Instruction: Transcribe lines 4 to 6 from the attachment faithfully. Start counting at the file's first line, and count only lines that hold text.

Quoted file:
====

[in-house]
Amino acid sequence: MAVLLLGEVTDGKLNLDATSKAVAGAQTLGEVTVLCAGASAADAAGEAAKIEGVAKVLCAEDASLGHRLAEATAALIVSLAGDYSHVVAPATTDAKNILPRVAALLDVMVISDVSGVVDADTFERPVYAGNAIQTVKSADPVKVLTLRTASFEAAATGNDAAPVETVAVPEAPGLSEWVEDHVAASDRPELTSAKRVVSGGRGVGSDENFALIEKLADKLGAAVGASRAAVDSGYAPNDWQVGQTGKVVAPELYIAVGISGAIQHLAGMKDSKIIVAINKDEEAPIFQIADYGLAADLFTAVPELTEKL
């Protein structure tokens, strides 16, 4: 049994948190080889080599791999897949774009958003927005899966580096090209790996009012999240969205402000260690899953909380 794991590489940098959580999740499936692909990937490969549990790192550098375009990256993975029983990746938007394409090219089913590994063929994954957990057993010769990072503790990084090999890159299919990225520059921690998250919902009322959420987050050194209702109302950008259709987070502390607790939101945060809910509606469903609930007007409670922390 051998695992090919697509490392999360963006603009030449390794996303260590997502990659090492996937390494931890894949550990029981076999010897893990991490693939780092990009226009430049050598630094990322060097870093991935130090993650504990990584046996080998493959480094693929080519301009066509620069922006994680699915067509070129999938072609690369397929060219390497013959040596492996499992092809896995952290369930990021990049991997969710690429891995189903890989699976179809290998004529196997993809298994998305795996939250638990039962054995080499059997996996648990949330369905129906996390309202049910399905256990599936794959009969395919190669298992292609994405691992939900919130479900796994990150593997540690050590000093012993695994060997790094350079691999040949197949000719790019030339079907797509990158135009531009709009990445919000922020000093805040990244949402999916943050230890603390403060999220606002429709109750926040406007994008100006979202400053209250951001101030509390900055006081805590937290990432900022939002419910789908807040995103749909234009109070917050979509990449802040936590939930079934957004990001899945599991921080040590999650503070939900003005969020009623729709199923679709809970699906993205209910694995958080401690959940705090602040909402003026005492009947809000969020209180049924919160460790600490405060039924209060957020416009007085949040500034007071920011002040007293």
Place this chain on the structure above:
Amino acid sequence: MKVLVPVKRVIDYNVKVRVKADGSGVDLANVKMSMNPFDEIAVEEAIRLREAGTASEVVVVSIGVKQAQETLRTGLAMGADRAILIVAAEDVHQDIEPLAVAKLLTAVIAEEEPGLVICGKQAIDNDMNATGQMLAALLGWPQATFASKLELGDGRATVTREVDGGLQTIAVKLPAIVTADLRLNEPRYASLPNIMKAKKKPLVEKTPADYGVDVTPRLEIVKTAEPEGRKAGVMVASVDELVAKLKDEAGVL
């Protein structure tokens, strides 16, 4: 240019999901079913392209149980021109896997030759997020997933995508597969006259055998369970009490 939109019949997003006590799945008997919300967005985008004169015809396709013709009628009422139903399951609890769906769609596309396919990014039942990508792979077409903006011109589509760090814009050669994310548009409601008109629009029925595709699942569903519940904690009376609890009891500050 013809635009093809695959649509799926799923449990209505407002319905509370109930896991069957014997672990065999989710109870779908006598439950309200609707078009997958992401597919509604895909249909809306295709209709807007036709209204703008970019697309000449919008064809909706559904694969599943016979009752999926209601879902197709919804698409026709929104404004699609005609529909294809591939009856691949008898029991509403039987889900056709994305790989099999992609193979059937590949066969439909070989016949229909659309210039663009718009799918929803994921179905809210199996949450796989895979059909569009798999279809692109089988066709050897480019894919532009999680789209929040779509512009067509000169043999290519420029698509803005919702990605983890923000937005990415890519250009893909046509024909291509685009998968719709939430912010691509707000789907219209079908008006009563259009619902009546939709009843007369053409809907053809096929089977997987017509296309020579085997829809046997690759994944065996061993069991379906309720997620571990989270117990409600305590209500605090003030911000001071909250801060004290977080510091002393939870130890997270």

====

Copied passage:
Place this chain on the structure above:
Amino acid sequence: MKVLVPVKRVIDYNVKVRVKADGSGVDLANVKMSMNPFDEIAVEEAIRLREAGTASEVVVVSIGVKQAQETLRTGLAMGADRAILIVAAEDVHQDIEPLAVAKLLTAVIAEEEPGLVICGKQAIDNDMNATGQMLAALLGWPQATFASKLELGDGRATVTREVDGGLQTIAVKLPAIVTADLRLNEPRYASLPNIMKAKKKPLVEKTPADYGVDVTPRLEIVKTAEPEGRKAGVMVASVDELVAKLKDEAGVL
């Protein structure tokens, strides 16, 4: 240019999901079913392209149980021109896997030759997020997933995508597969006259055998369970009490 939109019949997003006590799945008997919300967005985008004169015809396709013709009628009422139903399951609890769906769609596309396919990014039942990508792979077409903006011109589509760090814009050669994310548009409601008109629009029925595709699942569903519940904690009376609890009891500050 013809635009093809695959649509799926799923449990209505407002319905509370109930896991069957014997672990065999989710109870779908006598439950309200609707078009997958992401597919509604895909249909809306295709209709807007036709209204703008970019697309000449919008064809909706559904694969599943016979009752999926209601879902197709919804698409026709929104404004699609005609529909294809591939009856691949008898029991509403039987889900056709994305790989099999992609193979059937590949066969439909070989016949229909659309210039663009718009799918929803994921179905809210199996949450796989895979059909569009798999279809692109089988066709050897480019894919532009999680789209929040779509512009067509000169043999290519420029698509803005919702990605983890923000937005990415890519250009893909046509024909291509685009998968719709939430912010691509707000789907219209079908008006009563259009619902009546939709009843007369053409809907053809096929089977997987017509296309020579085997829809046997690759994944065996061993069991379906309720997620571990989270117990409600305590209500605090003030911000001071909250801060004290977080510091002393939870130890997270």